Tires have a lot markings on their sidewalls. Most of us know the basics, but in the next 11 minutes, we'll all become absolute know-it-alls about how to read just about every letter and number on a tire's sidewall.
Guiding us on this journey of tire decoding is explainer-in-chief, Jason Fenske of Engineering Explained. He gets into some stuff that one editor who formerly sold tires didn't even know.
First up, however, are the basics. The subject used in the video is a Michelin Pilot Sport 4 S tire that reads 235/35 ZR20. Those numbers denote millimeters, percentage, and inches, in that order. Jason points out that sometimes there's a P or LT in front of this combination of numbers and letters. This stands for either Passenger Car or Light Truck tire. The latter means the tire is engineered to withstand extra payloads or towing and hauling.
The 235 is the width of the tire from sidewall to sidewall in millimeters. The 35 represents the aspect ratio of the tire or the sidewall's height as a percentage of the tread width. This means the tire's sidewall is 35 percent of the tread's width, which calculates to 82.25 mm for the tire shown. Finally, the 20 represents the wheel diameter in inches, which means this particular tire is made for a 20-inch wheel.
What about the ZR? Looking at the R first, it represents the construction. We know tires are made out of rubber and cord layers called plies. In this case, the R stands for radial construction, which means the plies are perpendicular to the center line. There may also be a D that denotes diagonal construction. The Z will come in play in a moment.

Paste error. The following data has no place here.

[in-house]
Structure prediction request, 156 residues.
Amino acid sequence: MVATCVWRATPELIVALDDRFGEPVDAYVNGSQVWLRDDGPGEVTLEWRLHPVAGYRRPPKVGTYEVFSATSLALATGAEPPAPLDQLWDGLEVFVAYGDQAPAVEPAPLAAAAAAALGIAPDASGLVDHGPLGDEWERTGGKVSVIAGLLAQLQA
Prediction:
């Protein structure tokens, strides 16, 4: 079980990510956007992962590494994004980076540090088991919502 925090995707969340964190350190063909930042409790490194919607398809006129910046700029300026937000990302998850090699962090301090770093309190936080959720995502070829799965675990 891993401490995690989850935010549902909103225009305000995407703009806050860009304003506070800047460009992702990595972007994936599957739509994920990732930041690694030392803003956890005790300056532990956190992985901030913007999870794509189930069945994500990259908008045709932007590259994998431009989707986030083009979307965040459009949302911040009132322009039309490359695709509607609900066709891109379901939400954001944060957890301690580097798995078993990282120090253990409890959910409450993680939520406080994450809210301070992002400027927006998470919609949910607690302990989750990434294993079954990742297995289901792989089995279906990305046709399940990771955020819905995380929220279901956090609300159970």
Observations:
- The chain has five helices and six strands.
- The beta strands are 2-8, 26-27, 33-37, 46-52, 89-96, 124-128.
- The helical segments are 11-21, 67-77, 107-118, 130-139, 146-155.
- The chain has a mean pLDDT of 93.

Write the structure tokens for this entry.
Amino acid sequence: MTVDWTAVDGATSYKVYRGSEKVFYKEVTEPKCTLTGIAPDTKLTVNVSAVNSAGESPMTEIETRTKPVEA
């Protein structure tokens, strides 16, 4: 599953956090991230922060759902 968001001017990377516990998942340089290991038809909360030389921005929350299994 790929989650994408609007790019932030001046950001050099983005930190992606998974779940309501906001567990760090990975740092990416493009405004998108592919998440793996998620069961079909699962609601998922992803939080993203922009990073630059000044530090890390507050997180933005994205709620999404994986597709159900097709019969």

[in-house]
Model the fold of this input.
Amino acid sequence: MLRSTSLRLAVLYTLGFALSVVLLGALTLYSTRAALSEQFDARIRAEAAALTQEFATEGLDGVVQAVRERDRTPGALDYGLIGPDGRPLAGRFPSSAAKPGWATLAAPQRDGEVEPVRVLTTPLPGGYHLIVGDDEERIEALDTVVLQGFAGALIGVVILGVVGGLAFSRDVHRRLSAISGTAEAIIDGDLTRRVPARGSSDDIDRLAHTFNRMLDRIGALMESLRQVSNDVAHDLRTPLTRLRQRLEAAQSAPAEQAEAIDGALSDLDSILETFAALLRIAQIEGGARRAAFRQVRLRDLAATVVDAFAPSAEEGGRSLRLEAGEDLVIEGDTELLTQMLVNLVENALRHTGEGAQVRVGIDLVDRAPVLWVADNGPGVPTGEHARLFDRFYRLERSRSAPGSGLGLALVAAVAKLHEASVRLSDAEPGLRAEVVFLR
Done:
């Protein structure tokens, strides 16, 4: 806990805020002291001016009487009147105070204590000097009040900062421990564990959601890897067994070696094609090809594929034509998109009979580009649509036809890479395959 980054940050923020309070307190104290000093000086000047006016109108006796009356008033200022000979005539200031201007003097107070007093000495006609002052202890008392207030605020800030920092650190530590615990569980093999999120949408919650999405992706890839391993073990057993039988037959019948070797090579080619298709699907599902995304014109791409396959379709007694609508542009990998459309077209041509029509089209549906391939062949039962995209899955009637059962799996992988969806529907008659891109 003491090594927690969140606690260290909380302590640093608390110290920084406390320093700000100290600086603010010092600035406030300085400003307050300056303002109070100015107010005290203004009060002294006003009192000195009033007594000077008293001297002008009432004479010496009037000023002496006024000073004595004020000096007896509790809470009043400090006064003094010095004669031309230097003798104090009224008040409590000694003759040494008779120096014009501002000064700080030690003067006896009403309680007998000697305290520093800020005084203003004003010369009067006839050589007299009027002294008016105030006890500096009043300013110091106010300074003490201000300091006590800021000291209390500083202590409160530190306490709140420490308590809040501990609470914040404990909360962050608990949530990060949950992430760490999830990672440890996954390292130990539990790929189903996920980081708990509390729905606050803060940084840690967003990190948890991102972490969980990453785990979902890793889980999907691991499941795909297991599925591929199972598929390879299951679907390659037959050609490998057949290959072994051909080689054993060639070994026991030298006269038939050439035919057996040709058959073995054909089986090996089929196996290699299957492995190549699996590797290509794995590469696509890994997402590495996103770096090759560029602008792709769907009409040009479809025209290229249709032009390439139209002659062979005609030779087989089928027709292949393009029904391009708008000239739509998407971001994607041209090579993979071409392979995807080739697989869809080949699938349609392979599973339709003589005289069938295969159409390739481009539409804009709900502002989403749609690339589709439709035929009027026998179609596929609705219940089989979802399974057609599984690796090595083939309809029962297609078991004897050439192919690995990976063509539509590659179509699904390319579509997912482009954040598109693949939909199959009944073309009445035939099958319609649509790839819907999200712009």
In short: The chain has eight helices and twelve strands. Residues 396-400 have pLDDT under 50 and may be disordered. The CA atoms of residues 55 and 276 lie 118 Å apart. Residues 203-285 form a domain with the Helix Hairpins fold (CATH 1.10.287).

After the initial tire measurement reading, we see 92Y. The 92 represents the maximum load the car can carry. The range of load ratings is vast and each number corresponds to a chart that shows how many pounds a single tire can carry. In this case, the 92 means it can support 1,389 pounds. The Y is the speed rating, or the maximum speed the tire was designed to withstand and maintain.
Back to the Z. The letter used to designate the highest possible speed rating, and it meant the tire could withstand more than 149 mph. A Z rating still means a tire can handle more than 149 mph, but it is now broken up into W and Y sub-ratings. W stands for 168 mph and Y equals 186 mph.
Going around the rest of the tire, Jason looks at the maximum tire pressure rating; tire composition; treadwear, traction, and temperature ratings; and a few other obscure markings that will make you the trivia champ at that next Cars and Coffee. Nerd out over all the tire-marking details in the video above.